COLUMBIA, S.C. -- The crowd packed every pew, every doorway and nearly every foot of floor space inside the little chapel to hear from John Edwards, and it seemed like the perfect place for the former senator and one-time presidential candidate to address his faithful.
Because these days, the North Carolina Democrat is not so much on the stump talking as he is in the pulpit preaching.
"It is not too much to say that the future of the planet is at stake," Edwards told the crowd spilling out of Rutledge Chapel during a recent speech at the University of South Carolina.
Gone are the days of a rookie senator launching a long-shot bid for the White House by telling the story of his childhood in the textile towns of the Carolinas.
Edwards intends to run in 2008, with an announcement planned late this month in New Orleans, two Democratic officials said Saturday. Edwards' spokesman would not confirm or deny that Edwards was going to enter the race.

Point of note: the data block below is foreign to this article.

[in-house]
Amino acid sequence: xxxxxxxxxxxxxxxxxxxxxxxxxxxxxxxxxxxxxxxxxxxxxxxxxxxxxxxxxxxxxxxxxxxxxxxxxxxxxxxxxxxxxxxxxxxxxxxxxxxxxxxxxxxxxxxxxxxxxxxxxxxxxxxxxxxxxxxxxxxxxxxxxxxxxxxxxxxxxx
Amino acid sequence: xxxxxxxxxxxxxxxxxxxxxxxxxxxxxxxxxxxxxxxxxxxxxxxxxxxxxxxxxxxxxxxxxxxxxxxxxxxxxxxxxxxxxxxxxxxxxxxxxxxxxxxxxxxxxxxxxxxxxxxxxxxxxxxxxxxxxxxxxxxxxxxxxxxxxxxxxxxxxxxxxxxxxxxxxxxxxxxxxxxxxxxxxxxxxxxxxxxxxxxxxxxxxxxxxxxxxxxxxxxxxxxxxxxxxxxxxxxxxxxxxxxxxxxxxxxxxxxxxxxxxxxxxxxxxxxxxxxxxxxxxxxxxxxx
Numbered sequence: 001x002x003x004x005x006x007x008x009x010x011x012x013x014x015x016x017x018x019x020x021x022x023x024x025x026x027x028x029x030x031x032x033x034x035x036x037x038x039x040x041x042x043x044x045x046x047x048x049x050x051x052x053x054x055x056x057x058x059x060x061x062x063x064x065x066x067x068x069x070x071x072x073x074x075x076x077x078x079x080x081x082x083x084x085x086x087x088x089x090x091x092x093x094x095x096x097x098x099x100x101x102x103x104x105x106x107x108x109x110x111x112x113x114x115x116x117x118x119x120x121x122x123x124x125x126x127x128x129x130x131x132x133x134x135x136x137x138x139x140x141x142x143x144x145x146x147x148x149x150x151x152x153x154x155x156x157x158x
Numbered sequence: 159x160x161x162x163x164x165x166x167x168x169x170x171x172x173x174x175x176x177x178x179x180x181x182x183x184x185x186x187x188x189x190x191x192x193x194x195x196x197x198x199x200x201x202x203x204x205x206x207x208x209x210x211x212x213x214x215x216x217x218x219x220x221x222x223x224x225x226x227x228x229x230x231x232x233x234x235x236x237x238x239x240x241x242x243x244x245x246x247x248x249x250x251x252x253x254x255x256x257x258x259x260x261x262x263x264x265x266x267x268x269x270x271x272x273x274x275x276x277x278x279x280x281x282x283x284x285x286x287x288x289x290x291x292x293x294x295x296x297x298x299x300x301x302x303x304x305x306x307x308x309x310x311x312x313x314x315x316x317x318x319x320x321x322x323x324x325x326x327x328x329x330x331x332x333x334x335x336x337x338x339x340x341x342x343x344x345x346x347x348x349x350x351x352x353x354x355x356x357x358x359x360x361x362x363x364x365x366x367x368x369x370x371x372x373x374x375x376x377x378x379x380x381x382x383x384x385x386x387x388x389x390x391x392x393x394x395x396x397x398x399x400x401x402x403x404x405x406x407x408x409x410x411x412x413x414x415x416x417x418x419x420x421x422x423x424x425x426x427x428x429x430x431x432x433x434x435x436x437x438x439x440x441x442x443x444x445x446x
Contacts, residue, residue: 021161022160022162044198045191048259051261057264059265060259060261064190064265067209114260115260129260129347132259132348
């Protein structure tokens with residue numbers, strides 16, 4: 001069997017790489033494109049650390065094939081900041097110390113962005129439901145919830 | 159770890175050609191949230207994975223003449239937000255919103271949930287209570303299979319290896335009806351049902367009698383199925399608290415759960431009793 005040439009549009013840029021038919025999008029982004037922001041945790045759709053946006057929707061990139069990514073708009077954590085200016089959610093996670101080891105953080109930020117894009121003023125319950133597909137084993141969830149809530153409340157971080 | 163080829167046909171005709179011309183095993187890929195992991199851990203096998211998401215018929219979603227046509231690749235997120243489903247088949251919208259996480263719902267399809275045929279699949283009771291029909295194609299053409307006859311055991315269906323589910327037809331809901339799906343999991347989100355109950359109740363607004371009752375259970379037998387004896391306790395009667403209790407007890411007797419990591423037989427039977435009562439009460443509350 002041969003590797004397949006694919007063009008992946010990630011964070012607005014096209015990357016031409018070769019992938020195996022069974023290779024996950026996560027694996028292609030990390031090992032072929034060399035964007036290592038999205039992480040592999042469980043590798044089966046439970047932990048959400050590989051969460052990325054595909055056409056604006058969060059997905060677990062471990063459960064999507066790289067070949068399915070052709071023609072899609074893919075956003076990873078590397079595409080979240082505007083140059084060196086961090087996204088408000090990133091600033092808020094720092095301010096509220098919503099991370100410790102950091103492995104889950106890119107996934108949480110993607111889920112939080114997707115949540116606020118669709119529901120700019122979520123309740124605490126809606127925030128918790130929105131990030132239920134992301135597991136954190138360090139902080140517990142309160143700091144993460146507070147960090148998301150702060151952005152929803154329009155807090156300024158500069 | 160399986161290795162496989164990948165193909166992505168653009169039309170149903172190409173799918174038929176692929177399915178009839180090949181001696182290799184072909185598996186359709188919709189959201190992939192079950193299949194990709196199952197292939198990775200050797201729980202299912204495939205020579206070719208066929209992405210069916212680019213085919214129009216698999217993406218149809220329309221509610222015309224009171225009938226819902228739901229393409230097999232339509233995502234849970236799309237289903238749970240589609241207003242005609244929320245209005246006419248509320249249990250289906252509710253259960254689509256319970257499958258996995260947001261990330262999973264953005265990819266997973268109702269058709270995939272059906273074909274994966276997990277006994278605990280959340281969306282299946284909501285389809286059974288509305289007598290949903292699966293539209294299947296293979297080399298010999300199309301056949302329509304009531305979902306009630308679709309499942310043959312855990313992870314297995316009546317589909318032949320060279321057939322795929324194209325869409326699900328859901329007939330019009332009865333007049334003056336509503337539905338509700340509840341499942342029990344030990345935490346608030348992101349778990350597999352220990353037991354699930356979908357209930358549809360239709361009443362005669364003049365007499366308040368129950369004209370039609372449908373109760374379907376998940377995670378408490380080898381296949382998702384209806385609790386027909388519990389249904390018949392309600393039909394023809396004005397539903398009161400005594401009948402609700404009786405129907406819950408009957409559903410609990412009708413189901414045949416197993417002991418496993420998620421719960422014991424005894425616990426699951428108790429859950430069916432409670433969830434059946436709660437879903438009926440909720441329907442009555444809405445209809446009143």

The 2004 vice presidential nominee already has a retooled campaign agenda that is unabashedly progressive.
Edwards has gone to Russia, China and Uganda, hoping to bolster his foreign policy credentials. The effort has included a public admission that he made a mistake by voting in favor of military action in Iraq.
Until Sen. Barack Obama, D-Ill., said he was considering a White House run, Edwards was viewed by many as the most likely challenger to former first lady and New York Sen. Hillary Rodham Clinton for the party's nomination.
This summer, Edwards led all other Democratic candidates in a Des Moines Register poll of voters in Iowa with the support of 30 percent of those polled. Clinton got 26 percent.
"John Edwards is resonating with people," said Iowa state senator Keith Kreiman, who endorsed Edwards in 2004. "I would be surprised if he doesn't win Iowa."
Sunday, December 17, 2006
"Edwards offers progressive agenda"